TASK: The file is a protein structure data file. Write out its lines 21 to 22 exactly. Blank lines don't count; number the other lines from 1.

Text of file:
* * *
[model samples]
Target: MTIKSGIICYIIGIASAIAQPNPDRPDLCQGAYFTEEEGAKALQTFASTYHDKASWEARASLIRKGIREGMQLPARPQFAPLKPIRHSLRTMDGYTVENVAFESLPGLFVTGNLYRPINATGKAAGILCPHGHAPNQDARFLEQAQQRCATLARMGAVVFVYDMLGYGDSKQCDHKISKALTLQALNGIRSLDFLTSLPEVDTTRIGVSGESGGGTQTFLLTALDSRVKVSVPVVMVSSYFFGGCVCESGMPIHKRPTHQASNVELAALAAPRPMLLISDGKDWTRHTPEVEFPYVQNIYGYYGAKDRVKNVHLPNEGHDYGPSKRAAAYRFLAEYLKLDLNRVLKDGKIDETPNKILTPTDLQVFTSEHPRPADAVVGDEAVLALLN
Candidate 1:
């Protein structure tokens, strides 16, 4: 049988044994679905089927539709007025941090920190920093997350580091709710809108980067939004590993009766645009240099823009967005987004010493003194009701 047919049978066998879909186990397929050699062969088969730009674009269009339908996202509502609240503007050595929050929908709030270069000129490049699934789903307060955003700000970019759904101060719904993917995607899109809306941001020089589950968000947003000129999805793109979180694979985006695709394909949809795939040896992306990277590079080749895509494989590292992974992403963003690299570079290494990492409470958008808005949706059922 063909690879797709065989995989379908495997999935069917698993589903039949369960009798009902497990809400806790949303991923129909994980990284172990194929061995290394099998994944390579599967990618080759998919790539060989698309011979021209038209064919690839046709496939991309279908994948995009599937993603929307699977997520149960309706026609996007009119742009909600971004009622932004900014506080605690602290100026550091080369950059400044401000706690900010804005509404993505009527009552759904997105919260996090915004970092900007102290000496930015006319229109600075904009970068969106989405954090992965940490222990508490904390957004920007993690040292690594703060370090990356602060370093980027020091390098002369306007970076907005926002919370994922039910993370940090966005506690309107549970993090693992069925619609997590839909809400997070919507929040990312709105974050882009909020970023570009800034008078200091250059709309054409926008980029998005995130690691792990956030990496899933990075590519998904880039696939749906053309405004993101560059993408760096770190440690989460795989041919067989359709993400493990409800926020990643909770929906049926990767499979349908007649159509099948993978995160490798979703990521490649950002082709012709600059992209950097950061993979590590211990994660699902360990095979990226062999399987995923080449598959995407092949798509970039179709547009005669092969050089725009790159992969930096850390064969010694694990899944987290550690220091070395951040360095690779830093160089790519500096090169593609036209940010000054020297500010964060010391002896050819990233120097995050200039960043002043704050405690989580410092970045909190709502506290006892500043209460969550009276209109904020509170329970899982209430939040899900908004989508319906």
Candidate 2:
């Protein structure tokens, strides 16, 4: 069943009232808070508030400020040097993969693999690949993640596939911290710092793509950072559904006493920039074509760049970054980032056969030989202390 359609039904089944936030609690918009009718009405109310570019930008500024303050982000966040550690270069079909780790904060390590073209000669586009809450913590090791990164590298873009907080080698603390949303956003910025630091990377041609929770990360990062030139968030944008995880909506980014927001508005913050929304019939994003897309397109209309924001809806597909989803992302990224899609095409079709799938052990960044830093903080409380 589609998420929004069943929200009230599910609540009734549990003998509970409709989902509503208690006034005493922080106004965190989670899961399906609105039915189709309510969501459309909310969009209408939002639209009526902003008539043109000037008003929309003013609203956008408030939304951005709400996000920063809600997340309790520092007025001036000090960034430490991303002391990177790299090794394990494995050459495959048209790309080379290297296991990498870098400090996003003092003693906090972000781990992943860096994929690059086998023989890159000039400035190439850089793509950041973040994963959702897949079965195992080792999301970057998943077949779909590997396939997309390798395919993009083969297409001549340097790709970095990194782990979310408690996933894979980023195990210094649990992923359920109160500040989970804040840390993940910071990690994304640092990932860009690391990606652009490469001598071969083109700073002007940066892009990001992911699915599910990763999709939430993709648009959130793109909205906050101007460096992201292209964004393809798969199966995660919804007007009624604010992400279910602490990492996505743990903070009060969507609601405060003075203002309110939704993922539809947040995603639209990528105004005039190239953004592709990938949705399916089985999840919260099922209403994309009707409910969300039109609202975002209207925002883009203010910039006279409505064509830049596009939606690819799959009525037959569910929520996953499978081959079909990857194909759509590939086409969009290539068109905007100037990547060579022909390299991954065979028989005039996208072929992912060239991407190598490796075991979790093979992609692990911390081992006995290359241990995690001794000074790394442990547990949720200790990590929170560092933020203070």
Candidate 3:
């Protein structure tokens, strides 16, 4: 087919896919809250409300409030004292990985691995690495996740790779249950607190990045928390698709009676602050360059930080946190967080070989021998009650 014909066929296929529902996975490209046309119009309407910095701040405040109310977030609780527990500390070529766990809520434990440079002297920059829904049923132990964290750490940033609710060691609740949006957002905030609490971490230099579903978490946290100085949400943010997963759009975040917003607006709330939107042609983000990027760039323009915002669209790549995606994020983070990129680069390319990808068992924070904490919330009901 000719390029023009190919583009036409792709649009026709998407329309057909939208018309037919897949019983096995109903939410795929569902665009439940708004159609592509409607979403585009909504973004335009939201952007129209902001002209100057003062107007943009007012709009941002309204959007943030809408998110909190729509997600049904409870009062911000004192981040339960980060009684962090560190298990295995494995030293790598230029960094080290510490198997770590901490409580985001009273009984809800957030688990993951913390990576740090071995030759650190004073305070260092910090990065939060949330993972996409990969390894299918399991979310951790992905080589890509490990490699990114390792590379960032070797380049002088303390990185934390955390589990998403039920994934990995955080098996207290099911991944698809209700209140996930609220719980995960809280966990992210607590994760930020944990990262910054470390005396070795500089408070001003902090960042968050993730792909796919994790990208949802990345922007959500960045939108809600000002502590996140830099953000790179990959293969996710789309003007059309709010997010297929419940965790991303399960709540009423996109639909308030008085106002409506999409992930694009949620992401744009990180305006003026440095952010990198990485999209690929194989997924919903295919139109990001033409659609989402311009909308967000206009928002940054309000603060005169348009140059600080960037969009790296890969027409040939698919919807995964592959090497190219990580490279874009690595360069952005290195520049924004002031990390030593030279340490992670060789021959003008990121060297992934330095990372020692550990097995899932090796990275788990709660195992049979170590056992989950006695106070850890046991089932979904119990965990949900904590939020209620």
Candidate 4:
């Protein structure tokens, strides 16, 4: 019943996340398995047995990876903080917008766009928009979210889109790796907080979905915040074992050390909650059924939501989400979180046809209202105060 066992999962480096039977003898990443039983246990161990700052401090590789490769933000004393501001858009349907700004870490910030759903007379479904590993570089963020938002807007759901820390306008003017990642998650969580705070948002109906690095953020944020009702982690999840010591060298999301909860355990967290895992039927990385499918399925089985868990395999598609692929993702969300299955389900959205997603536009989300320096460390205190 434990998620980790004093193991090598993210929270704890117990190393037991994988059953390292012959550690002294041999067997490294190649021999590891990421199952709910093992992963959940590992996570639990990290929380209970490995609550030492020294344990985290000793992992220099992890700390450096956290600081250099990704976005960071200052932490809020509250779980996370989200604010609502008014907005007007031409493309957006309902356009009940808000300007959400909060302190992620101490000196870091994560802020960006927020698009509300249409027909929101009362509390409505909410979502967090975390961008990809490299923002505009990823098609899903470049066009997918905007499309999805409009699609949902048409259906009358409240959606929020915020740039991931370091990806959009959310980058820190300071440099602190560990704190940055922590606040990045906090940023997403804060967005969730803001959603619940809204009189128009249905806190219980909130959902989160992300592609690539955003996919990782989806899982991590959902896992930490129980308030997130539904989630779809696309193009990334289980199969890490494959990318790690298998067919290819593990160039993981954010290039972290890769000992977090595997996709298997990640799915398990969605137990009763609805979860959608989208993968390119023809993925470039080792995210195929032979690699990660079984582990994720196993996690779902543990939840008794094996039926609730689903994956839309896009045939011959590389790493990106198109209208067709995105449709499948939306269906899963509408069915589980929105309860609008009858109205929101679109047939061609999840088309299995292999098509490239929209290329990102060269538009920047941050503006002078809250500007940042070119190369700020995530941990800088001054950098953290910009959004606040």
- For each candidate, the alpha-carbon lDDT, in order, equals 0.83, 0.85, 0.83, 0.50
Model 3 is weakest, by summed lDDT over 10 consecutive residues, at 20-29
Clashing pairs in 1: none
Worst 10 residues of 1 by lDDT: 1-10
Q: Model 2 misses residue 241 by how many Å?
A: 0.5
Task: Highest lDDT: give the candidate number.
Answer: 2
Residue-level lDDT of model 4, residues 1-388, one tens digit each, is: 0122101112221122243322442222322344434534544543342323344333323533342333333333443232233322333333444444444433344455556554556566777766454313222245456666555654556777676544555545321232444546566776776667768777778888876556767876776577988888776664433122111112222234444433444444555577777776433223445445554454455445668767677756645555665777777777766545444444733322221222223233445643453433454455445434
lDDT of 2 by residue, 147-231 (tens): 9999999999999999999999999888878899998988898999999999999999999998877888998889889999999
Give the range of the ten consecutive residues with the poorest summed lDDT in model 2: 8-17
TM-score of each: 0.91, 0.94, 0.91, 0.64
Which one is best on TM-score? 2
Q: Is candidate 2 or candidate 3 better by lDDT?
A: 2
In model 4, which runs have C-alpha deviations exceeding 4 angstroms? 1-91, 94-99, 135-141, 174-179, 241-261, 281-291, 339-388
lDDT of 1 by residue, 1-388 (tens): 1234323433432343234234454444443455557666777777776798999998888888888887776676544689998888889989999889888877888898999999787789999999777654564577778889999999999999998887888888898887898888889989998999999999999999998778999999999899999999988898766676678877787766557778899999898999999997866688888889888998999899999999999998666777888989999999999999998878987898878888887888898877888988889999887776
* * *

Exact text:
Give the range of the ten consecutive residues with the poorest summed lDDT in model 2: 8-17
TM-score of each: 0.91, 0.94, 0.91, 0.64